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dc.contributor.authorFyfe, Aileen
dc.date.accessioned2023-06-28T16:30:12Z
dc.date.available2023-06-28T16:30:12Z
dc.date.issued2023-03-01
dc.identifier.citationFyfe , A 2023 , ' Le società scientifiche hanno bisogno delle riviste e viceversa? ' , Recenti Progressi in Medicina , vol. 114 , no. 3 , pp. 154-156 . https://doi.org/10.1701/3981.39639en
dc.identifier.issn0034-1193
dc.identifier.otherPURE: 286654734
dc.identifier.otherPURE UUID: 1707116a-42d3-498d-8876-556f2d891d49
dc.identifier.otherScopus: 85148773466
dc.identifier.otherPubMed: 36815418
dc.identifier.otherORCID: /0000-0002-6794-4140/work/135850731
dc.identifier.urihttps://hdl.handle.net/10023/27834
dc.descriptionTranslated and reprinted from LSE Impact Blog (11 January 2023).en
dc.description.abstractStarting in the mid-1600s, a number of scientific societies began to establish journals. The aim was to disseminate the knowledge developed by their fellows. The members of the societies were both the authors and reviewers of the articles as well as the main readers. Historically, there has been a tight link between journals, journal publications and a community of scholars working in specific fields of research who contribute to and manage them. In the second half of the 20th century, however, scientific societies began to consider the publication of their own journals primarily as a source of revenue, useful for the economic balance of the societies. The change was mainly due to the interest of libraries in acquiring periodicals to make available to readers. Gradually, the number of authors from outside the societies themselves increased and the link between members and the journals of the associations they belonged to decreased. Today, the national or regional connotations of many scientific societies make them unsuitable for managing a future of scholarly communication that should be open, diverse and fair, and operate on a global scale.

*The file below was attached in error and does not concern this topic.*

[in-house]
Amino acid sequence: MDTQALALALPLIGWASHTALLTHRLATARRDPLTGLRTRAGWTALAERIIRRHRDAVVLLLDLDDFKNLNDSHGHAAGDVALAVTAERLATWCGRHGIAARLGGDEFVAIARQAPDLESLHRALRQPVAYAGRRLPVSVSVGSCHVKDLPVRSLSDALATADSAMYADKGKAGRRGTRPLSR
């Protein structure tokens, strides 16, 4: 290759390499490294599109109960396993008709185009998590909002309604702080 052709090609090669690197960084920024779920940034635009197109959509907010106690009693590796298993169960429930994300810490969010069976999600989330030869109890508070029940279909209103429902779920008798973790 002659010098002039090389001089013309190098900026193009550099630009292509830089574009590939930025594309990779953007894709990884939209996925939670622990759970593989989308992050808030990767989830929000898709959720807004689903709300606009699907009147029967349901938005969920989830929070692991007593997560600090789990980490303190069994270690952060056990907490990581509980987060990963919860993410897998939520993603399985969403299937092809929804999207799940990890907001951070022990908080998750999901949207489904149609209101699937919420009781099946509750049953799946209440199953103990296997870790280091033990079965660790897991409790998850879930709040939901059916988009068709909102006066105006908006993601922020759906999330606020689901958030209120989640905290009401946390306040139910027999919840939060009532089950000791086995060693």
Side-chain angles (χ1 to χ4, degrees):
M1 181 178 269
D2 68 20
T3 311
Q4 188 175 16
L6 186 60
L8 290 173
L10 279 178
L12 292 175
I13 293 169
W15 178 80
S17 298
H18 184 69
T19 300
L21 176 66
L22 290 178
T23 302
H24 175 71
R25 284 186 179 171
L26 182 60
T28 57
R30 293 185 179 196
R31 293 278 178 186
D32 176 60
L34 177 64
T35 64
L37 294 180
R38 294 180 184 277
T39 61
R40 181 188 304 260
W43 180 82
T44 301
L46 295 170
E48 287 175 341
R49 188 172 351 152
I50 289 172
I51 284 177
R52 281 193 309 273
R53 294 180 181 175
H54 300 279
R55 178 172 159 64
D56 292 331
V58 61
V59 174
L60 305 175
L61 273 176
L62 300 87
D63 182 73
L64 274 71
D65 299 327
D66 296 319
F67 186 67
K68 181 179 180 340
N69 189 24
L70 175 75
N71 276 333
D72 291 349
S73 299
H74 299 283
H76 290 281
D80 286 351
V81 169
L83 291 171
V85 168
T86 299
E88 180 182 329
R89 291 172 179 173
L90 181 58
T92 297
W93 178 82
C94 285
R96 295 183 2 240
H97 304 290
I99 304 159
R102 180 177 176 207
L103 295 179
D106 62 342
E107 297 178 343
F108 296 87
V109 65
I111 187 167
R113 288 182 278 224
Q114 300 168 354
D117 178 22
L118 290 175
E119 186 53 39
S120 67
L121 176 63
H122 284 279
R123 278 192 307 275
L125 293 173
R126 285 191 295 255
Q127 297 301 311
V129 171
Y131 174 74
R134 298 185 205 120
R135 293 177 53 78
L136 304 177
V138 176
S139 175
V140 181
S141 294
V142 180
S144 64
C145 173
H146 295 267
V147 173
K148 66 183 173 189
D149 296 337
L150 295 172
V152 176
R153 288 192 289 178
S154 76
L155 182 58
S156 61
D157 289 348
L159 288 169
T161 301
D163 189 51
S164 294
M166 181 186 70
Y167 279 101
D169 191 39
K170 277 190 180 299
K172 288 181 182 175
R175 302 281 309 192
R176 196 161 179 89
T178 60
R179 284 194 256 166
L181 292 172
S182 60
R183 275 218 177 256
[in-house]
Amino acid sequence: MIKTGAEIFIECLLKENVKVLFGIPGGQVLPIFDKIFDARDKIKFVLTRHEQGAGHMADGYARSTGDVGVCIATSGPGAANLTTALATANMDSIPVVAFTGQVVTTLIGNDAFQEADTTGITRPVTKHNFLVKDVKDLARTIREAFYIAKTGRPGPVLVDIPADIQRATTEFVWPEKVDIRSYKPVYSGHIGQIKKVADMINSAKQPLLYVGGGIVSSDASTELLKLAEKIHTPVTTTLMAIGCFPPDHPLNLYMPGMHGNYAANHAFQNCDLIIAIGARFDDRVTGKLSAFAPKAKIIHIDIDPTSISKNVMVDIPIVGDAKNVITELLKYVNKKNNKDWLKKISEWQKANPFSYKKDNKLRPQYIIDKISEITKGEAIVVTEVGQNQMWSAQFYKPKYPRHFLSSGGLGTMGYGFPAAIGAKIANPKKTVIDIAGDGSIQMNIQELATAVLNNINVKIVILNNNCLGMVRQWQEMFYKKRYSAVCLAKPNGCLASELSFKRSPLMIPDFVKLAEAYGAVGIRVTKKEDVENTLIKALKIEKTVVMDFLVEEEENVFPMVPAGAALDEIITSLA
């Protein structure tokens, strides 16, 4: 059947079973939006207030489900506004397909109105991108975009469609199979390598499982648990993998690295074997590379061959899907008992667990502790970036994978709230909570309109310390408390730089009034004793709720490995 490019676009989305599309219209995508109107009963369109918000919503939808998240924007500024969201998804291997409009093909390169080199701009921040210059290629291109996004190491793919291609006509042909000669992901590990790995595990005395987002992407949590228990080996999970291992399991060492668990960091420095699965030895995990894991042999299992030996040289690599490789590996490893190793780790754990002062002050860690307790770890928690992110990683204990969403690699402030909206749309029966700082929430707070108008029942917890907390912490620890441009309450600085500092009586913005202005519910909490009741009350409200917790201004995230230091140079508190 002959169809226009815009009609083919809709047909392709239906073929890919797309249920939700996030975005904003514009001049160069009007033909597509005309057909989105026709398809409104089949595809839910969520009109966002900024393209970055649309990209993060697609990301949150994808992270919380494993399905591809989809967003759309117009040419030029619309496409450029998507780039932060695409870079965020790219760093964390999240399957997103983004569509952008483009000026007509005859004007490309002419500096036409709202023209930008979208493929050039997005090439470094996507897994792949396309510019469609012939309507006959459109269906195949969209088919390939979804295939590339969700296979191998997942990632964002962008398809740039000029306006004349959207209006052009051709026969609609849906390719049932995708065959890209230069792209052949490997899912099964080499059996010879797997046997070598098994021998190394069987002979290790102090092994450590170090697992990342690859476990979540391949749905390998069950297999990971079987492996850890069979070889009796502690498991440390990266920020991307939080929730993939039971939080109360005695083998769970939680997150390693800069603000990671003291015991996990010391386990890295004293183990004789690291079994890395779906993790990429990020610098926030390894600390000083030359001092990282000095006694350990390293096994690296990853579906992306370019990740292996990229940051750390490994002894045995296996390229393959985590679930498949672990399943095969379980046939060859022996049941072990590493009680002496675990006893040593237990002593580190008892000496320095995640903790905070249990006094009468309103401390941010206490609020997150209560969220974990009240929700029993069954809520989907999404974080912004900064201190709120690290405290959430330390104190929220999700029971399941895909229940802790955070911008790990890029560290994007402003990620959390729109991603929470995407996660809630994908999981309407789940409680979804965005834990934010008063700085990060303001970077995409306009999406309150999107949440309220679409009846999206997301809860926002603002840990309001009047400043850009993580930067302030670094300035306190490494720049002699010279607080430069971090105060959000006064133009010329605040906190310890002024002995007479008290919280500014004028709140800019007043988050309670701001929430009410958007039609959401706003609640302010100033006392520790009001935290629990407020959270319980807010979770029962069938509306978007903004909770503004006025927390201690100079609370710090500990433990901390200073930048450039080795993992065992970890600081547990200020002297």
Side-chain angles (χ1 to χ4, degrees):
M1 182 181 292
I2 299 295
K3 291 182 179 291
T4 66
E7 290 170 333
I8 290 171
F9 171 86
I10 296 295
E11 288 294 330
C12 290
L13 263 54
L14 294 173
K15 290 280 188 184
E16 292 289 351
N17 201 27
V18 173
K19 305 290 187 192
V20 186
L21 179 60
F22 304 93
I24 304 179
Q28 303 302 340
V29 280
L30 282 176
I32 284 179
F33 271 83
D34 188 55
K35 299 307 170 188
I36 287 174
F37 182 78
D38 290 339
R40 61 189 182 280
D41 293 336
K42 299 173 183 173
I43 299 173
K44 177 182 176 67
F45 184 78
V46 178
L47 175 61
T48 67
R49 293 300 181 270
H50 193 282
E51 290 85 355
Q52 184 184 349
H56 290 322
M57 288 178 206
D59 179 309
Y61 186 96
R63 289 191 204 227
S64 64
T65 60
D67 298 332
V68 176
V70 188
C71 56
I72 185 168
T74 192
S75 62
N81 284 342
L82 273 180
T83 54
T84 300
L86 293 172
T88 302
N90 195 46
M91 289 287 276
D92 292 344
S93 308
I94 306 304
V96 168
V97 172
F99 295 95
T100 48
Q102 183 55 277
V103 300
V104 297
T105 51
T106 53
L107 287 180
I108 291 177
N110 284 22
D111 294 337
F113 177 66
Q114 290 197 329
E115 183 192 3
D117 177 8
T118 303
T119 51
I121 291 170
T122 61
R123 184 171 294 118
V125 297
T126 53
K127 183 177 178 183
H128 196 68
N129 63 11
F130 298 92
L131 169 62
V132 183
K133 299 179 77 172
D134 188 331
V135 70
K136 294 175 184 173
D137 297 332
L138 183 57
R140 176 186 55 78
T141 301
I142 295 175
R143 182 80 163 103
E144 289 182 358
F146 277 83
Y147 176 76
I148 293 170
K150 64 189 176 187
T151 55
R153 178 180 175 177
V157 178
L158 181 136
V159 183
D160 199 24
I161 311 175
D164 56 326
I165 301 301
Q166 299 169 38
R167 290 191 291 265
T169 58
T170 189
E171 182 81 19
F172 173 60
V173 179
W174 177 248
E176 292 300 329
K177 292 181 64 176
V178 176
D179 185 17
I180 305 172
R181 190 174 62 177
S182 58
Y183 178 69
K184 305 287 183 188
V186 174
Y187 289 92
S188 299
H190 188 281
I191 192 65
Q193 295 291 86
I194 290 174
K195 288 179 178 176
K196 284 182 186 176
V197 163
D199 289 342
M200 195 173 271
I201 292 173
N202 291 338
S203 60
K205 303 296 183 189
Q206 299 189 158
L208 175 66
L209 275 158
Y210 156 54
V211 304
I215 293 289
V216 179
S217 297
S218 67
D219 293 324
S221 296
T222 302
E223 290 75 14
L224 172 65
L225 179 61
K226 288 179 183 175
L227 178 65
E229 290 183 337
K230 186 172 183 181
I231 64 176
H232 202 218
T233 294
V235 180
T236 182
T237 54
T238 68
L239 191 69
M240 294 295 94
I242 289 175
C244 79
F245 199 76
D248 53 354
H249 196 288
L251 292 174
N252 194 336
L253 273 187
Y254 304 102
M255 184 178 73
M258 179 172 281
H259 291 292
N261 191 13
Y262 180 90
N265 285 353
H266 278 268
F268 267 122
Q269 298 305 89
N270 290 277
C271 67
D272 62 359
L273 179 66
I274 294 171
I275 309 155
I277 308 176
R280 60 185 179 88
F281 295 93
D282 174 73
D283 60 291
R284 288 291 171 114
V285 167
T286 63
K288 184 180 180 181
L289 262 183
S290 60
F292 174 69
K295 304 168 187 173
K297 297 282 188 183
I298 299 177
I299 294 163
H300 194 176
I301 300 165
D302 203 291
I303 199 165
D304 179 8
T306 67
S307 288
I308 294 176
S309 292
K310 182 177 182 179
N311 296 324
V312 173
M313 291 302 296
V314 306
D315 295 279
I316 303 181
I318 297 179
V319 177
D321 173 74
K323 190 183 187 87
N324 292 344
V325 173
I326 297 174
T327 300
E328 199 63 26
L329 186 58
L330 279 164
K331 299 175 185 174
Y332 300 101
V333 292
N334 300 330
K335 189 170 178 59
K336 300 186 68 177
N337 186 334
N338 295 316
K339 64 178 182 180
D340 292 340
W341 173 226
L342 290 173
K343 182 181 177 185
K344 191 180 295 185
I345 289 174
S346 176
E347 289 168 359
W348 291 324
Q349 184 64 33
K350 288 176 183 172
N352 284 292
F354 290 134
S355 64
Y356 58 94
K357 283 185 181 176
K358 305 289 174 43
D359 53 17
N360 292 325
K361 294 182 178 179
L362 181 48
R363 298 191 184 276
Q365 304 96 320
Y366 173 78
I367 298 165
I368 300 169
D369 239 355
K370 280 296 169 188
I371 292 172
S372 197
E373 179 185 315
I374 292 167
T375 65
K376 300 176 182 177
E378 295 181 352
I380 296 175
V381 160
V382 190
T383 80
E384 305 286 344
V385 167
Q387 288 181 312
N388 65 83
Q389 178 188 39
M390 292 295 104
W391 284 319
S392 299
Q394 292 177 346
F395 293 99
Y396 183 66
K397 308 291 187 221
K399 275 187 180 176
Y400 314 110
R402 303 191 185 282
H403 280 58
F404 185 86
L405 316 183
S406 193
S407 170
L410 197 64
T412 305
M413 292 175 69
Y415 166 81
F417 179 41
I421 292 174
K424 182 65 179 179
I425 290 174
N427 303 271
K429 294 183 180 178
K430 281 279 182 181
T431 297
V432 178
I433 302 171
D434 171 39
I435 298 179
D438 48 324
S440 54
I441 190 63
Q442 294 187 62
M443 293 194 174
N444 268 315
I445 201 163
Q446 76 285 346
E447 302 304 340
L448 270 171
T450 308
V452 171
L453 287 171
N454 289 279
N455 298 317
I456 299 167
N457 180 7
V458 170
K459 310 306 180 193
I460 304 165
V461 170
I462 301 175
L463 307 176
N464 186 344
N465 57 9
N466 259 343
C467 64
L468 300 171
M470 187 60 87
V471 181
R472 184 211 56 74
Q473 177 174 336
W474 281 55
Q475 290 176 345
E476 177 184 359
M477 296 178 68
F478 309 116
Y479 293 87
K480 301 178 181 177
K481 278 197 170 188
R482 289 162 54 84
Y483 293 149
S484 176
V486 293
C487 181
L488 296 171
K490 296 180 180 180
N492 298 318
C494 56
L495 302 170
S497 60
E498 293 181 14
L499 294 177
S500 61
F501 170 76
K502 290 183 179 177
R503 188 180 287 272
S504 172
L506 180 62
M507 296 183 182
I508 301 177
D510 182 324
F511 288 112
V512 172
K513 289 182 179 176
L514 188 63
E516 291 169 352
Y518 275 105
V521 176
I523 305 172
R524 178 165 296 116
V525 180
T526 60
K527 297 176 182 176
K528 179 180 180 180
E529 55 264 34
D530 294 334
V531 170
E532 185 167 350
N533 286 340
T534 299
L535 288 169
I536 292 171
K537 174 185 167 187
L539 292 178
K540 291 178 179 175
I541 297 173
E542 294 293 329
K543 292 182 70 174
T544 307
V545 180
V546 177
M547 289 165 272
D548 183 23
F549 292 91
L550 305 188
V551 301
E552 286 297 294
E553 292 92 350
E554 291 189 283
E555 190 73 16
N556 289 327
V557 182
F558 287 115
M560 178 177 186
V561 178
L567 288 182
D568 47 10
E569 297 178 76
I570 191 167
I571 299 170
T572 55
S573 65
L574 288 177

dc.format.extent3
dc.language.isoita
dc.relation.ispartofRecenti Progressi in Medicinaen
dc.rightsThis contribution by Aileen Fyfe is licensed under a Creative Commons Attribution 3.0 Unported License, which permits unrestricted reuse, distribution, and reproduction in any medium, provided the original work is properly cited.en
dc.subjectAS Academies and learned societies (General)en
dc.subjectMedicine(all)en
dc.subject3rd-DASen
dc.subjectMCCen
dc.subject.lccASen
dc.titleLe società scientifiche hanno bisogno delle riviste e viceversa?en
dc.title.alternativeDo journals need societies, and do societies need journals?en
dc.typeJournal articleen
dc.contributor.sponsorArts and Humanities Research Councilen
dc.description.versionPublisher PDFen
dc.contributor.institutionUniversity of St Andrews. School of Historyen
dc.contributor.institutionUniversity of St Andrews. St Andrews Institute of Intellectual Historyen
dc.identifier.doihttps://doi.org/10.1701/3981.39639
dc.description.statusPeer revieweden
dc.identifier.urlhttp://www.scopus.com/inward/record.url?scp=85148773466&partnerID=8YFLogxKen
dc.identifier.urlhttps://www.recentiprogressi.it/archivio/3981/articoli/39639/en
dc.identifier.grantnumberAH/K001841/1en


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